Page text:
ERA

Download the full-sized PDF of Studies in recolonization of stream substrates by aquatic organismsDownload the full-sized PDF

Analytics

Share

Permanent link (DOI): https://doi.org/10.7939/R3R49GB74

Download

Export to: EndNote  |  Zotero  |  Mendeley

Communities

This file is in the following communities:

Oil Sands Research and Information Network (OSRIN)

Collections

This file is in the following collections:

AOSERP Reports

Studies in recolonization of stream substrates by aquatic organisms Open Access

Descriptions

Author or creator
Lock, M. A.
Wallace, R. R.
Additional contributors
Subject/Keyword
Invertebrates
AOSERP WS 4.1
Tarsands
Oil Sands
Oilsands
Tar Sands
Algae
Alberta
AOSERP
Type of item
Report
Language
English
Place
Canada, Alberta, Fort McMurray
Time
Description
The colonization of limestone gravel, limestone gravel + organic matter, and limestone gravel from a river bed was followed over time in order to compare two possible stream reclamation substrates with a control (river gravel). After nine weeks of colonization by benthic micro- and macro-organisms there were few significant differences between the river gravel control and limestone gravel and limestone gravel + organic matter, the two gravels under test. Specific differences were noted in algal composition of the epilithon, with the numbers of Cyanophyta and Chlorophyta being 50% below those on river gravel while the numbers of Bacillariophyta were considerably higher (300 to 1000%), yet the chlorophyll a concentration was approximately the same on all three gravels at 0.4 µg•cm-2. However, the similar numbers and biomass of micro-invertebrates on the three gravels suggested that the amount of energy available for higher trophic levels was equivalent. A major difference between the river gravel and the two test gravels was in the very much larger macro-invertebrate population found in the latter. It was concluded that, although limestone rubble would be a suitable substrate for river reclamation, the time for recolonization would be considerably longer than indicated in the study because of the very high levels of propagules available from the river in which the experiments were carried out.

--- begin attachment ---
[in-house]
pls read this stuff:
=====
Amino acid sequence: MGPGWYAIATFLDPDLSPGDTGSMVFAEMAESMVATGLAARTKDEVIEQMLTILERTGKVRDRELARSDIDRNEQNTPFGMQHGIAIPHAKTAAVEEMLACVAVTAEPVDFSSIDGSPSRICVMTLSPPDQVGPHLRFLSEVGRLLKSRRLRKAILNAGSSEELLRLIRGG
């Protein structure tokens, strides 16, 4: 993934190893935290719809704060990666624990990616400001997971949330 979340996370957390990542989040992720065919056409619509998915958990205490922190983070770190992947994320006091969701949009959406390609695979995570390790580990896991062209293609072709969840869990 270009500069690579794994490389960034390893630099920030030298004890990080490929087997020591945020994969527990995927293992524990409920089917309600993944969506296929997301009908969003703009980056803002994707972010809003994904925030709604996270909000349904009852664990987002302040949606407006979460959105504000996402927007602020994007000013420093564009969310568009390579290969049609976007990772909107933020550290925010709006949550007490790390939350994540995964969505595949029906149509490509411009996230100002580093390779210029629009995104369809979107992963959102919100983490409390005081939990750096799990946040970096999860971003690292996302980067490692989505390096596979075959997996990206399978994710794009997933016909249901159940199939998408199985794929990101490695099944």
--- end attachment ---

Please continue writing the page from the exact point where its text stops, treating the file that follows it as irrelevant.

Date created
1979
DOI
doi:10.7939/R3R49GB74
License information
Rights
This material is provided under educational reproduction permissions included in Alberta Environment and Sustainable Resource Development's Copyright and Disclosure Statement, see terms at http://www.environment.alberta.ca/copyright.html. This Statement requires the following identification: \"The source of the materials is Alberta Environment and Sustainable Resource Development http://www.environment.gov.ab.ca/. The use of these materials by the end user is done without any affiliation with or endorsement by the Government of Alberta. Reliance upon the end user's use of these materials is at the risk of the end user.
Citation for previous publication

Source
Link to related item

File Details

Date Uploaded
Date Modified
2014-04-24T23:12:40.192+00:00
Audit Status
Audits have not yet been run on this file.
Characterization
File format: pdf (PDF/X)
Mime type: application/pdf
File size: 1115835
Last modified: 2015:10:12 14:30:30-06:00
Filename: WS 4.1 - 1979 - Lock.pdf
Original checksum: cc45bd4576269eb423c8dd382dfdaa33
Activity of users you follow
User Activity Date